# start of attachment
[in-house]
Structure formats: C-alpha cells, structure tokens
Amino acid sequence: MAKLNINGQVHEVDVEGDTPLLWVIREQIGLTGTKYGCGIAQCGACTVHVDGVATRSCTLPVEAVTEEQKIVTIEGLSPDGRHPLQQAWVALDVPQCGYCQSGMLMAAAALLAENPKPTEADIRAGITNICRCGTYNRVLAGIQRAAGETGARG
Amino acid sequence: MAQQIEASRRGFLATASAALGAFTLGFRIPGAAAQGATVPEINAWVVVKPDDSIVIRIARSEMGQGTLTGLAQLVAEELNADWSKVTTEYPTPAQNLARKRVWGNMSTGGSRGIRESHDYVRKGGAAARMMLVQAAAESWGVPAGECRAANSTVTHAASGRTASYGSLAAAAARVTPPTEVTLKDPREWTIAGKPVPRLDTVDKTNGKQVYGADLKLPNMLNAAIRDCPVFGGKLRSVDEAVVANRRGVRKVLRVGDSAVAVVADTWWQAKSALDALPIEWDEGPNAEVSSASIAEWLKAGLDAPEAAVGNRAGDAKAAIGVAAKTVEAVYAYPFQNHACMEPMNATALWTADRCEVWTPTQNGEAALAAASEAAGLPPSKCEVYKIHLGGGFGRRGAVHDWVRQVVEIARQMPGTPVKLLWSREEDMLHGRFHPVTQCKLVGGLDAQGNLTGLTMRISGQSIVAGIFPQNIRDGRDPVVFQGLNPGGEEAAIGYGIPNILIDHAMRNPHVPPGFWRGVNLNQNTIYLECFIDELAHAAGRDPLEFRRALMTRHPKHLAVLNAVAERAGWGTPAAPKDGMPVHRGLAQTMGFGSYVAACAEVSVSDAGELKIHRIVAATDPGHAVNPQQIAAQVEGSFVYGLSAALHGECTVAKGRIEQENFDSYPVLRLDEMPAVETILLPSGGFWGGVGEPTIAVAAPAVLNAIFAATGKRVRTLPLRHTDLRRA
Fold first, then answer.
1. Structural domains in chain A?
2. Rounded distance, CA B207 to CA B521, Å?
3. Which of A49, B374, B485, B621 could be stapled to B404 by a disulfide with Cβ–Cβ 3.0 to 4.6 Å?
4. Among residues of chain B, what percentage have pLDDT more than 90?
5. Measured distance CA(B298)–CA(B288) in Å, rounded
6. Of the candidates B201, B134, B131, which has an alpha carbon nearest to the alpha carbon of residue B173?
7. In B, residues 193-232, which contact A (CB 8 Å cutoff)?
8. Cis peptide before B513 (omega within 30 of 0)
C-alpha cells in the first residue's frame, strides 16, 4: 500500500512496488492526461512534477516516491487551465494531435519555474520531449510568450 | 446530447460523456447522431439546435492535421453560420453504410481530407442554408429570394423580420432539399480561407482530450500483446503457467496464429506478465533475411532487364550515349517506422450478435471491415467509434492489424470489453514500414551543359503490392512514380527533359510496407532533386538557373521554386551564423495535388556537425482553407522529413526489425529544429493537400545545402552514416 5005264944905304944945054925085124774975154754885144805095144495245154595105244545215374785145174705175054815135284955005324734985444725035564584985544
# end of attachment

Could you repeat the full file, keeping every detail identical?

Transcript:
[in-house]
Structure formats: C-alpha cells, structure tokens
Amino acid sequence: MAKLNINGQVHEVDVEGDTPLLWVIREQIGLTGTKYGCGIAQCGACTVHVDGVATRSCTLPVEAVTEEQKIVTIEGLSPDGRHPLQQAWVALDVPQCGYCQSGMLMAAAALLAENPKPTEADIRAGITNICRCGTYNRVLAGIQRAAGETGARG
Amino acid sequence: MAQQIEASRRGFLATASAALGAFTLGFRIPGAAAQGATVPEINAWVVVKPDDSIVIRIARSEMGQGTLTGLAQLVAEELNADWSKVTTEYPTPAQNLARKRVWGNMSTGGSRGIRESHDYVRKGGAAARMMLVQAAAESWGVPAGECRAANSTVTHAASGRTASYGSLAAAAARVTPPTEVTLKDPREWTIAGKPVPRLDTVDKTNGKQVYGADLKLPNMLNAAIRDCPVFGGKLRSVDEAVVANRRGVRKVLRVGDSAVAVVADTWWQAKSALDALPIEWDEGPNAEVSSASIAEWLKAGLDAPEAAVGNRAGDAKAAIGVAAKTVEAVYAYPFQNHACMEPMNATALWTADRCEVWTPTQNGEAALAAASEAAGLPPSKCEVYKIHLGGGFGRRGAVHDWVRQVVEIARQMPGTPVKLLWSREEDMLHGRFHPVTQCKLVGGLDAQGNLTGLTMRISGQSIVAGIFPQNIRDGRDPVVFQGLNPGGEEAAIGYGIPNILIDHAMRNPHVPPGFWRGVNLNQNTIYLECFIDELAHAAGRDPLEFRRALMTRHPKHLAVLNAVAERAGWGTPAAPKDGMPVHRGLAQTMGFGSYVAACAEVSVSDAGELKIHRIVAATDPGHAVNPQQIAAQVEGSFVYGLSAALHGECTVAKGRIEQENFDSYPVLRLDEMPAVETILLPSGGFWGGVGEPTIAVAAPAVLNAIFAATGKRVRTLPLRHTDLRRA
Fold first, then answer.
1. Structural domains in chain A?
2. Rounded distance, CA B207 to CA B521, Å?
3. Which of A49, B374, B485, B621 could be stapled to B404 by a disulfide with Cβ–Cβ 3.0 to 4.6 Å?
4. Among residues of chain B, what percentage have pLDDT more than 90?
5. Measured distance CA(B298)–CA(B288) in Å, rounded
6. Of the candidates B201, B134, B131, which has an alpha carbon nearest to the alpha carbon of residue B173?
7. In B, residues 193-232, which contact A (CB 8 Å cutoff)?
8. Cis peptide before B513 (omega within 30 of 0)
C-alpha cells in the first residue's frame, strides 16, 4: 500500500512496488492526461512534477516516491487551465494531435519555474520531449510568450 | 446530447460523456447522431439546435492535421453560420453504410481530407442554408429570394423580420432539399480561407482530450500483446503457467496464429506478465533475411532487364550515349517506422450478435471491415467509434492489424470489453514500414551543359503490392512514380527533359510496407532533386538557373521554386551564423495535388556537425482553407522529413526489425529544429493537400545545402552514416 5005264944905304944945054925085124774975154754885144805095144495245154595105244545215374785145174705175054815135284955005324734985444725035564584985544